In A De-Christianized World, Priests Should Be Pillars of Faith, Pope Francis Says

By Hannah Brockhaus

Priests should strive after a strong relationship with Christ, beginning in seminary, in order to be the guides in faith the de-Christianized society needs, Pope Francis said Monday.

To seminarians and priests from northern Italy Dec. 9, he said: “You are called to be evangelizers in your region, also marked by de-Christianization.”

“Those who are more exposed to the cold wind of uncertainty or religious indifference need to find in the person of the priest that robust faith which is like a torch in the night and like a rock to which to cling,” he stated.

A strong faith, the pope said, “is cultivated above all in a personal relationship, heart to heart, with the person of Jesus Christ.” In the seminary, candidates for the priesthood should evaluate their actions “in reference to Christ.”

Pope Francis met at the Vatican with seminarians and priests of the Pontifical Regional Flaminio Seminary in Bologna.

He encouraged men studying for the priesthood to focus on their relationship with Christ while in seminary, which he called a “’house of prayer,’ where the Lord again calls ‘his people’ to ‘a secluded place’ to live a strong experience of meeting and listening.”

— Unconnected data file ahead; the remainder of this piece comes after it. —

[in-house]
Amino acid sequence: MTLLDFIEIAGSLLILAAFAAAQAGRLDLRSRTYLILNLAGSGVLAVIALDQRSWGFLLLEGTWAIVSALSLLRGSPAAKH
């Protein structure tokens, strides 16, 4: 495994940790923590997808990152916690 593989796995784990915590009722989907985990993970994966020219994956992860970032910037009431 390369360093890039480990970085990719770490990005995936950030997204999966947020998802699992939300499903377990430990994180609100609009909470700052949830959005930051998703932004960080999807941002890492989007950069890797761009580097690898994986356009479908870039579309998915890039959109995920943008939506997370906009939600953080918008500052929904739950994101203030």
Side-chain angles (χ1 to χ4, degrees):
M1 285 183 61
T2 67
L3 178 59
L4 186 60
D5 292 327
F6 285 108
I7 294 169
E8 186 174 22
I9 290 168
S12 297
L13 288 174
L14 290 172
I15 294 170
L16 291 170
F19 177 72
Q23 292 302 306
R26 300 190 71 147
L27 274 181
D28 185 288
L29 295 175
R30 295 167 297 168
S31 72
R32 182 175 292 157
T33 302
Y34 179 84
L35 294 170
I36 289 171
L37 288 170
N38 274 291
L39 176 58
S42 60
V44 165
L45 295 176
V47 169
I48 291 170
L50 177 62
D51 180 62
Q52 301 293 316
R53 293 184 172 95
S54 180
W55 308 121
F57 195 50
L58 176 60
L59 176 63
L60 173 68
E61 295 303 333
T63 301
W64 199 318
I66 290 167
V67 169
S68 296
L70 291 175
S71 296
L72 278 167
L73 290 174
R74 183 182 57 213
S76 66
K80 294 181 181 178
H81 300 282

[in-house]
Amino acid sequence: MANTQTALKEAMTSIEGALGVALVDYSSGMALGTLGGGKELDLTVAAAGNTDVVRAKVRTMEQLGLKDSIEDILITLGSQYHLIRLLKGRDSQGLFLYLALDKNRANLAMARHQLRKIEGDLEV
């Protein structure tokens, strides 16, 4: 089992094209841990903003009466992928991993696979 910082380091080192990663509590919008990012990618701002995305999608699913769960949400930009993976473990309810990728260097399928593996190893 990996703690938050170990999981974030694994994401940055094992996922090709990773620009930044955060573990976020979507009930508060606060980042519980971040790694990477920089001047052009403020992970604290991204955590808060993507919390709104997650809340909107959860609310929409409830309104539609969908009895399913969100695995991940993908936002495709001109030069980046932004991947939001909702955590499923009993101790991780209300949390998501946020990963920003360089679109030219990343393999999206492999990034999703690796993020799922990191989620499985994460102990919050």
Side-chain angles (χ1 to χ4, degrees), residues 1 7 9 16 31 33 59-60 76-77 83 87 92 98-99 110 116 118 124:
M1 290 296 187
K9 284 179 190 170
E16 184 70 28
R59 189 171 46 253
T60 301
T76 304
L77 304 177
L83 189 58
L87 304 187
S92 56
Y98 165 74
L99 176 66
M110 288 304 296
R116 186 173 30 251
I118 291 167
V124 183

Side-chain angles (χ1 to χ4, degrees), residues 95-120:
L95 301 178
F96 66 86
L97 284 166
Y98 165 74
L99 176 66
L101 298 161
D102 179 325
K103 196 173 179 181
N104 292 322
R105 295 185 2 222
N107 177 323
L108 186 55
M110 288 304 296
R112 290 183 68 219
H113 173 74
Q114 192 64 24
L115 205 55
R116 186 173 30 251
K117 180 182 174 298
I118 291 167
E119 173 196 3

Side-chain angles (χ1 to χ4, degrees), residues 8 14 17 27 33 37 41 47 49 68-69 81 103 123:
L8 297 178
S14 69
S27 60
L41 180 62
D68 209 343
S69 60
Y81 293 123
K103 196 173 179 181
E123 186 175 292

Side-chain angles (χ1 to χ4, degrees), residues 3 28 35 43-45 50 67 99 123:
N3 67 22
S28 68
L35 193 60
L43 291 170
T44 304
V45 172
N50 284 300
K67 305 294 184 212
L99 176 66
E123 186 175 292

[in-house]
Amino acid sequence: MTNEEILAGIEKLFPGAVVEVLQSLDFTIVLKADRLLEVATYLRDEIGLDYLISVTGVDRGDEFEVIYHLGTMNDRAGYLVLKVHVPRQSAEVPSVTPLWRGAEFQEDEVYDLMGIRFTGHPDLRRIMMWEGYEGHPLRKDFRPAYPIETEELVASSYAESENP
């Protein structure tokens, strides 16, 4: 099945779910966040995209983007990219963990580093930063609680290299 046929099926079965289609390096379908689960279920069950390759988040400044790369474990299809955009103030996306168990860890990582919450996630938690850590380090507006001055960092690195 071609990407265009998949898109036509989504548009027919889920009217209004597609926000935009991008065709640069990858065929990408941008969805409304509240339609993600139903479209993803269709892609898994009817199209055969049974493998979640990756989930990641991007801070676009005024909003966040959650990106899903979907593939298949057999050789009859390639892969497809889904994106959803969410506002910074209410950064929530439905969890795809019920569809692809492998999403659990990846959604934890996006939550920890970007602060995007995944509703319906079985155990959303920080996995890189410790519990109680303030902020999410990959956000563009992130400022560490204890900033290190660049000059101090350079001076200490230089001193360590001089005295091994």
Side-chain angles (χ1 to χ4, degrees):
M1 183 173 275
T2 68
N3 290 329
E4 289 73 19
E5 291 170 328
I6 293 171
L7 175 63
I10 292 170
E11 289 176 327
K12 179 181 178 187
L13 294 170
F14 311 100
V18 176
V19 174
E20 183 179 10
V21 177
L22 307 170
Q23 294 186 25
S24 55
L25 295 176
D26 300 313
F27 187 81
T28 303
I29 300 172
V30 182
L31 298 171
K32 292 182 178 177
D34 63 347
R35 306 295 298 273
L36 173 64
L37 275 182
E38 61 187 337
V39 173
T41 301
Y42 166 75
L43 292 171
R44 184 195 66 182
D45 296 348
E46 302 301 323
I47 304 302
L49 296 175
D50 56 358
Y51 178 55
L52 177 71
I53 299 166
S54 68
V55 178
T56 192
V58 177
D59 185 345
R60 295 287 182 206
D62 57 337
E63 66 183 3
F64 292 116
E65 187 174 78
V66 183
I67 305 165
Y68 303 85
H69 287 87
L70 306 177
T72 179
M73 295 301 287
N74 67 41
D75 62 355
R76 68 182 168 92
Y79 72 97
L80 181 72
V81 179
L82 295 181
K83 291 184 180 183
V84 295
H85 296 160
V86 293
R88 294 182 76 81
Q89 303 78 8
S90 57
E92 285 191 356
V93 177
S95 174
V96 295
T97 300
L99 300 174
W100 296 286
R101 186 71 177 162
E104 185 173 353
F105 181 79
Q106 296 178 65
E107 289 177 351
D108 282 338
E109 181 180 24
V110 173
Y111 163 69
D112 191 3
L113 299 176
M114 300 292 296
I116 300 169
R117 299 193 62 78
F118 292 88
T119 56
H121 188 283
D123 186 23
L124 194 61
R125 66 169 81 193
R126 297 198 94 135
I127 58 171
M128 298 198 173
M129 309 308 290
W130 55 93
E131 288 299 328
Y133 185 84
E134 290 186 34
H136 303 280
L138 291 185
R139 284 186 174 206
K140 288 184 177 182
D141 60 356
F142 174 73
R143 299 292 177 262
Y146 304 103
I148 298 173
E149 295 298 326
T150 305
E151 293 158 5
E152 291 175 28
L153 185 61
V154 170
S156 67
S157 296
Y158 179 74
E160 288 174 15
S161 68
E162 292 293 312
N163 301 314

To become a priest, the Church requires a long period of formation, he noted, underlining the aspects of prayer, study, and communion.

Study is an important part of the foundation of formation of future priests, also in its communal aspect, such as sharing lessons and studying with fellow students, Pope Francis argued: “The commitment to study, even in the seminary, is clearly personal, but it is not individual.”

He said for priests, charity and fraternity should go hand-in-hand. “A fraternity increasingly impregnated with the apostolic form, and enriched by the traits proper to a diocese, that is, by those peculiar characteristics of the people of God and of the saints, especially of holy priests, of a particular Church.”

Francis also spoke about four attitudes of “closeness” every diocesan priest should strive after: closeness to God in prayer, closeness to his bishop, closeness to his brother priests, and closeness to the people of God.

“If one of these is missing,” he said, “the priest will not function and will slowly slip into the perversion of clericalism or into rigid attitudes.”

“Where there is clericalism there is corruption, and where there is rigidity, under rigidity, there are serious problems,” he stated.